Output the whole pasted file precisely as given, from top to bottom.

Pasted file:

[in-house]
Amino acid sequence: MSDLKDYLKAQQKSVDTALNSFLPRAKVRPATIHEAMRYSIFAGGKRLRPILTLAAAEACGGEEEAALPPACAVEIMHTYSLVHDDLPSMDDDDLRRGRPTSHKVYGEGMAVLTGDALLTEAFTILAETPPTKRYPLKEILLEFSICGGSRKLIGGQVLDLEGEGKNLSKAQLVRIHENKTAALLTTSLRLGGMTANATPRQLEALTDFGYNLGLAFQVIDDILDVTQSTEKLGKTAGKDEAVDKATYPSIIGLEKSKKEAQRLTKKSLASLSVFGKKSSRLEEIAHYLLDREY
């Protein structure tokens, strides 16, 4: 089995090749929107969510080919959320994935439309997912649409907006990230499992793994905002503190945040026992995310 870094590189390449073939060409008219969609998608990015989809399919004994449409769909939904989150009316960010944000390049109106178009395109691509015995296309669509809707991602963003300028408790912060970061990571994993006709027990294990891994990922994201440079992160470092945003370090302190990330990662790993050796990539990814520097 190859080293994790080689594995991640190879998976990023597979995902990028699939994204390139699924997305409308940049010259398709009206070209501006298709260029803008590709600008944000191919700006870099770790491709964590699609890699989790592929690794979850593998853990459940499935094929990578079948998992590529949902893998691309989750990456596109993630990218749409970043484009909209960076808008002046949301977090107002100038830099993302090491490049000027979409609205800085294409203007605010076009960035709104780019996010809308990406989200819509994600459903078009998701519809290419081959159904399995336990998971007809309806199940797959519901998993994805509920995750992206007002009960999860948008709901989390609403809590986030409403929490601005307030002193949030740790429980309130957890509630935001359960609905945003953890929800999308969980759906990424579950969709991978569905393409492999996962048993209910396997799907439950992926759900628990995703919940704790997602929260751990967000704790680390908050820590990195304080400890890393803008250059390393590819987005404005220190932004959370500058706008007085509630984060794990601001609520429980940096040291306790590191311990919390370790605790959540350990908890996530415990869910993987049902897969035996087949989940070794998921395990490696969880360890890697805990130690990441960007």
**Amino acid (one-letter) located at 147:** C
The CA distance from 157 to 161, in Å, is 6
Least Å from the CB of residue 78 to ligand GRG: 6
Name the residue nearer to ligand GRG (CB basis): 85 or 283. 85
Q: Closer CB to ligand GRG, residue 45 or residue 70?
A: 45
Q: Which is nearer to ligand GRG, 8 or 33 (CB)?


[in-house]
Amino acid sequence: MSDLKDYLKAQQKSVDTALNSFLPRAKVRPATIHEAMRYSIFAGGKRLRPILTLAAAEACGGEEEAALPPACAVEIMHTYSLVHDDLPSMDDDDLRRGRPTSHKVYGEGMAVLTGDALLTEAFTILAETPPTKRYPLKEILLEFSICGGSRKLIGGQVLDLEGEGKNLSKAQLVRIHENKTAALLTTSLRLGGMTANATPRQLEALTDFGYNLGLAFQVIDDILDVTQSTEKLGKTAGKDEAVDKATYPSIIGLEKSKKEAQRLTKKSLASLSVFGKKSSRLEEIAHYLLDREY
């Protein structure tokens, strides 16, 4: 089995090749929107969510080919959320994935439309997912649409907006990230499992793994905002503190945040026992995310 870094590189390449073939060409008219969609998608990015989809399919004994449409769909939904989150009316960010944000390049109106178009395109691509015995296309669509809707991602963003300028408790912060970061990571994993006709027990294990891994990922994201440079992160470092945003370090302190990330990662790993050796990539990814520097 190859080293994790080689594995991640190879998976990023597979995902990028699939994204390139699924997305409308940049010259398709009206070209501006298709260029803008590709600008944000191919700006870099770790491709964590699609890699989790592929690794979850593998853990459940499935094929990578079948998992590529949902893998691309989750990456596109993630990218749409970043484009909209960076808008002046949301977090107002100038830099993302090491490049000027979409609205800085294409203007605010076009960035709104780019996010809308990406989200819509994600459903078009998701519809290419081959159904399995336990998971007809309806199940797959519901998993994805509920995750992206007002009960999860948008709901989390609403809590986030409403929490601005307030002193949030740790429980309130957890509630935001359960609905945003953890929800999308969980759906990424579950969709991978569905393409492999996962048993209910396997799907439950992926759900628990995703919940704790997602929260751990967000704790680390908050820590990195304080400890890393803008250059390393590819987005404005220190932004959370500058706008007085509630984060794990601001609520429980940096040291306790590191311990919390370790605790959540350990908890996530415990869910993987049902897969035996087949989940070794998921395990490696969880360890890697805990130690990441960007």
**Amino acid (one-letter) located at 147:** C
The CA distance from 157 to 161, in Å, is 6
Least Å from the CB of residue 78 to ligand GRG: 6
Name the residue nearer to ligand GRG (CB basis): 85 or 283. 85
Q: Closer CB to ligand GRG, residue 45 or residue 70?
A: 45
Q: Which is nearer to ligand GRG, 8 or 33 (CB)?